The State of Home Improvement: Faux Pas, Credit Crunches and Tax Credits

In the fashion world, they say pink is the new black. Well in home improvement, small is in and big is out. Large $100,000 kitchen remodels, 1,000 square foot additions and $80,000 master suites are being phased out. Yes, we are emerging from the recession and businesses are hiring again, but America has changed. What is driving this trend? Read on….

Credit is Tight

Let’s face it, credit is hard to come by now. Most banks are in a difficult Credit Crunchposition. Yes, they have access to historically low rates and have a consolidated industry. But…lending regulations are much tighter. The demands for low LTV (loan to value), spotless credit records, and sufficient monthly income make it more difficult than ever for homeowners to qualify.

What does this mean for you? It means you need to have excellent credit and have a healthy amount of equity in your home to borrow any money for home improvements. Banks will no longer lend on the value of your home based on the value after completion of the project. These stringent guidelines suggest it makes more sense than ever to take on smaller home improvement projects than in the past. (Moonworks offers a variety of financing options including 0% credit cards and can direct you to HELOC (home equity line of credit) providers.)

People Aren’t Moving

HomeHarvard economist Jeremy Stein says it best, “People have seen their down payments kind of wiped out. They are locked into their house. They can’t really move, even if they thought the other house was cheap and a good deal.”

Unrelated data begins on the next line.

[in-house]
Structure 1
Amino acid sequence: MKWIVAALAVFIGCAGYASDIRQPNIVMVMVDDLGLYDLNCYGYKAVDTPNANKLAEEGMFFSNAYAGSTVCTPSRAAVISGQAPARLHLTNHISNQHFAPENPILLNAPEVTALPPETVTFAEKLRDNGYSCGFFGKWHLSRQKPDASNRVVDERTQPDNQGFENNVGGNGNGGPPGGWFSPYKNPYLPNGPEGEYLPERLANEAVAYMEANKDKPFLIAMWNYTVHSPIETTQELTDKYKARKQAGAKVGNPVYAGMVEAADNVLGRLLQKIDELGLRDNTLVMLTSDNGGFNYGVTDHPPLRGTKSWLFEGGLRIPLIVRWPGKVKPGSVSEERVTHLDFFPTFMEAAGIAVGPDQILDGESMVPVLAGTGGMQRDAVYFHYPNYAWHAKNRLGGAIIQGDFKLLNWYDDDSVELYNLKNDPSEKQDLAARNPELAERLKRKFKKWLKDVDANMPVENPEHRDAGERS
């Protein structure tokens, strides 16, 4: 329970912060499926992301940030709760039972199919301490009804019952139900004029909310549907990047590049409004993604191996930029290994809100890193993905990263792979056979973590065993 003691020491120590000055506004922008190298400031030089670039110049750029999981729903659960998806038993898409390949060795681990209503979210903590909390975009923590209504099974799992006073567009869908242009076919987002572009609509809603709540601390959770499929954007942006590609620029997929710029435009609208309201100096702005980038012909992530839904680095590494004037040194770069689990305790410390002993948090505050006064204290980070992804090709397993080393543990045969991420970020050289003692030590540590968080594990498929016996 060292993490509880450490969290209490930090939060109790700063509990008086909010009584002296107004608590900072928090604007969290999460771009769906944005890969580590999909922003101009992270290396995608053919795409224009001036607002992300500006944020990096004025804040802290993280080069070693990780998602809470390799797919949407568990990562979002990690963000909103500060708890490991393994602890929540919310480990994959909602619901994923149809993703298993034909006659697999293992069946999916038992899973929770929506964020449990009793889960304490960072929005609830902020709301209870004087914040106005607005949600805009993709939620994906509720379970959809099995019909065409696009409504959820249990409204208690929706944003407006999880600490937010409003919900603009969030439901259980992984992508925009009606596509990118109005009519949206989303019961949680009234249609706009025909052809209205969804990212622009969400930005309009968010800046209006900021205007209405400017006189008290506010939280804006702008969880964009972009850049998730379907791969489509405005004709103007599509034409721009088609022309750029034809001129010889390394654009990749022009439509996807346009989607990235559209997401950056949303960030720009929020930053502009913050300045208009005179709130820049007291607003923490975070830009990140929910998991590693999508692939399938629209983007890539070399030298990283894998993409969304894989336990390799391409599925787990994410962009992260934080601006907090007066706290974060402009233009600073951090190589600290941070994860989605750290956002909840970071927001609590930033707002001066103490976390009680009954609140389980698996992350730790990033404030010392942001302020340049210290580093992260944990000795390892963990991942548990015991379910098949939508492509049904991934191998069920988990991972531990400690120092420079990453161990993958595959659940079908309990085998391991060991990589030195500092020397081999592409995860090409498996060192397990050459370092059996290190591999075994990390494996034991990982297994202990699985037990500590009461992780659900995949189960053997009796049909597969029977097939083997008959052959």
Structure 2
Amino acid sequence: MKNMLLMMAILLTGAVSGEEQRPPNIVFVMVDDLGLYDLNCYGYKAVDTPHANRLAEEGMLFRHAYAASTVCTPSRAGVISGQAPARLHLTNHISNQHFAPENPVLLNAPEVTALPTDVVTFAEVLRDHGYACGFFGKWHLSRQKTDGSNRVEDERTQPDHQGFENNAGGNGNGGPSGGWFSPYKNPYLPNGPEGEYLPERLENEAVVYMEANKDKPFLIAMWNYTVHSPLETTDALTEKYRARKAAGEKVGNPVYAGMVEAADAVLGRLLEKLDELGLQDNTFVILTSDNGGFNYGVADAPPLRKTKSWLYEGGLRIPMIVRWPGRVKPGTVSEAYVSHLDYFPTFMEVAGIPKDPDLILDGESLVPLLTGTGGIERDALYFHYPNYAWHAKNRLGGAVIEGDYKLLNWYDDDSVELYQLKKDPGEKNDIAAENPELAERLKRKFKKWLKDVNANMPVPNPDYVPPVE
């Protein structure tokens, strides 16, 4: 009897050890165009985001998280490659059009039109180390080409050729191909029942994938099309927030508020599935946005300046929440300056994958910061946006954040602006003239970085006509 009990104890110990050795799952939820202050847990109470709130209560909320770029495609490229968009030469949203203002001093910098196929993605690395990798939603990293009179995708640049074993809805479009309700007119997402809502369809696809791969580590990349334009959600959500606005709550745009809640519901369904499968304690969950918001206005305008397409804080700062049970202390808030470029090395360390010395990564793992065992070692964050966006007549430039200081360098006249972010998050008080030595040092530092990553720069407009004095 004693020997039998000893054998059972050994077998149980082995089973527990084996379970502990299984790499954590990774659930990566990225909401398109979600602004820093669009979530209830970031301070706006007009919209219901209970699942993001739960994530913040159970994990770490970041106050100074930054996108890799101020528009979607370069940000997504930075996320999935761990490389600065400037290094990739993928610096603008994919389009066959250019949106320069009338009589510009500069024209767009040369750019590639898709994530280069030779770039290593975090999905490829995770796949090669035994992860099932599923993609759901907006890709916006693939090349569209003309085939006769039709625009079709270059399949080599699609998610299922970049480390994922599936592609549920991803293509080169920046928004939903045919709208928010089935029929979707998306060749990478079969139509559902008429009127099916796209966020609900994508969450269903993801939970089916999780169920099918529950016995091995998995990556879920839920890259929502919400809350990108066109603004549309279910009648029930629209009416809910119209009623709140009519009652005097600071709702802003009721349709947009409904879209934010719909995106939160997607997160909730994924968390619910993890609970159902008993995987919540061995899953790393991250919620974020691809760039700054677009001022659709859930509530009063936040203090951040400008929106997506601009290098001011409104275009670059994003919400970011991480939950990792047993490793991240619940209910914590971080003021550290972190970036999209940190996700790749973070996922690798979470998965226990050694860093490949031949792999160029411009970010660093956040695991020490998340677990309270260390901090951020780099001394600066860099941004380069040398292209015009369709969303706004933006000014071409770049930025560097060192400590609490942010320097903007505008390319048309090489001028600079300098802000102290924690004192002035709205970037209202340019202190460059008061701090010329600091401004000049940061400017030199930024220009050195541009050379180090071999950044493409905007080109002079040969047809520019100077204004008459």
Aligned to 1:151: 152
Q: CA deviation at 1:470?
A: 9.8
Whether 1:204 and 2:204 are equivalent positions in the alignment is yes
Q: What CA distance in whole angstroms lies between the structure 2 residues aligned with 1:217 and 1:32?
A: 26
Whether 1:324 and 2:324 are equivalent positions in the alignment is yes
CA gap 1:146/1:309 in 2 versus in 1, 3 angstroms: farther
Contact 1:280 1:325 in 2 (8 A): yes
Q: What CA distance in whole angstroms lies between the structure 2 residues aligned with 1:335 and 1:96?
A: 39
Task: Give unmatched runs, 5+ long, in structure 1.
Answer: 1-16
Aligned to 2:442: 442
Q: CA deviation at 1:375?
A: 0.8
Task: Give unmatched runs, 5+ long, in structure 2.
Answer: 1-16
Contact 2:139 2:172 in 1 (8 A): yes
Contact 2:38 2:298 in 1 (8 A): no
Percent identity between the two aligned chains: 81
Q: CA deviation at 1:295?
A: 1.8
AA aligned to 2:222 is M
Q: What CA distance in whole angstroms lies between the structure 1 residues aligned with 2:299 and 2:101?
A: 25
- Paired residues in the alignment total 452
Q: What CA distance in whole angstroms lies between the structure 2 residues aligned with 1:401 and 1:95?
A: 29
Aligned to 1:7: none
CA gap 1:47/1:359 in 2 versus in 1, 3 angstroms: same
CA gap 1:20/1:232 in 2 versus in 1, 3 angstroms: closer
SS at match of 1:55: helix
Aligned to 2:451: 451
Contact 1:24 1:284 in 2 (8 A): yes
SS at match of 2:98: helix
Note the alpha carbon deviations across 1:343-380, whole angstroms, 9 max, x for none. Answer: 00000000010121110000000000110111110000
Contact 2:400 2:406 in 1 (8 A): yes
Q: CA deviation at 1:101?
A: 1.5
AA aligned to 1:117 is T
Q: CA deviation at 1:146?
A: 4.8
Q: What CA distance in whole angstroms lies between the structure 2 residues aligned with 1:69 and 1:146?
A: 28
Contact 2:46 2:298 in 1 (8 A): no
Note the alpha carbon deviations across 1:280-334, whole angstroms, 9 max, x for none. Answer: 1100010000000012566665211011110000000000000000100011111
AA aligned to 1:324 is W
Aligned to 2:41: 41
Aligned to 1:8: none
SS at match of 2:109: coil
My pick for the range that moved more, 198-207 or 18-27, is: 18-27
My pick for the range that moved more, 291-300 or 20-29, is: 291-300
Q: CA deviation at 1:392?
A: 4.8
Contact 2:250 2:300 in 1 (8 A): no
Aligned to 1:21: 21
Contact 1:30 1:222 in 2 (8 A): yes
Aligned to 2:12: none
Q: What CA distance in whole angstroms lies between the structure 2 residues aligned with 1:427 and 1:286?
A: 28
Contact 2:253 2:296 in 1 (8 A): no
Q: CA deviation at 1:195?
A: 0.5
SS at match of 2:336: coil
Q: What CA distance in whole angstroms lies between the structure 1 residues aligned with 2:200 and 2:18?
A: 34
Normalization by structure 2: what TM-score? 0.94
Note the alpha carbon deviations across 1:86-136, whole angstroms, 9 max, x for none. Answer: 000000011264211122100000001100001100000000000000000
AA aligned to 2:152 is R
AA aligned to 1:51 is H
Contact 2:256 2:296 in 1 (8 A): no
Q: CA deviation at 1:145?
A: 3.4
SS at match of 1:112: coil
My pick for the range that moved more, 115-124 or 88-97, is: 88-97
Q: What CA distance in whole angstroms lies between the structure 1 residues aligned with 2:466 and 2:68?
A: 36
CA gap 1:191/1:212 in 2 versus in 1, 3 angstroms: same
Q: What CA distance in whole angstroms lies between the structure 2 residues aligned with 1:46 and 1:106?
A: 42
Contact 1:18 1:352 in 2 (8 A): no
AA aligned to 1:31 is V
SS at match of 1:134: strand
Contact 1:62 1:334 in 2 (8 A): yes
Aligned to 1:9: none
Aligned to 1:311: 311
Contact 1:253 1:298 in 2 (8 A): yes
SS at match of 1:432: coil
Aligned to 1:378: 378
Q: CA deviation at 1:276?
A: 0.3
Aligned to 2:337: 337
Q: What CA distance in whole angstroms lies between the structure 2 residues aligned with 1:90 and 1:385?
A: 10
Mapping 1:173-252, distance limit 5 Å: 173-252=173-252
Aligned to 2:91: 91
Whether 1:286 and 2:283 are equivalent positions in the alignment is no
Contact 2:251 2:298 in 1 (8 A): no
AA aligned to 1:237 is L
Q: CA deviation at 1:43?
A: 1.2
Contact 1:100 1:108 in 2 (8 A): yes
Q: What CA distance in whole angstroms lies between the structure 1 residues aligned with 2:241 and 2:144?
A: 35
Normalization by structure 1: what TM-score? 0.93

Because people may be locked into their existing homes longer than they planned, they are making this extended stay more comfortable and installing home improvements that not only increase the value of their home for the future when they do sell, but improvements that they enjoy. (What could possibly make your home more enjoyable than some new Renewal by Andersen replacement windows?)

Don’t Commit a Home Improvement Faux Pas!
Faux Pas
Even with the credit crunch and smaller appetite for high spending, remodeling spending is projected to increase by 5% this year nationwide. The same home improvement projects of the past are popular, but on a much smaller scale. Homeowners are looking to revitalize or expand their existing space vs. a full addition. New kitchens remain the same size but gain new cabinets and appliances. New bathrooms are touting low-flow toilets instead of Jacuzzi tubs. 

Additionally, homeowners are looking to cash in on the 2010 energy tax credits by adding energy-efficient windows, cool roofing shingles, home insulation, and even solar power. Contact Moonworks today to learn how you can tax advantage of these tax credits before they expire. Additionally, you can also read more about, which home improvements qualify for the tax credit in our new guide: Home Improvement Tax Credits Explained.


Photo Credits: Credit Crunch, Cape Home, Faux Pas

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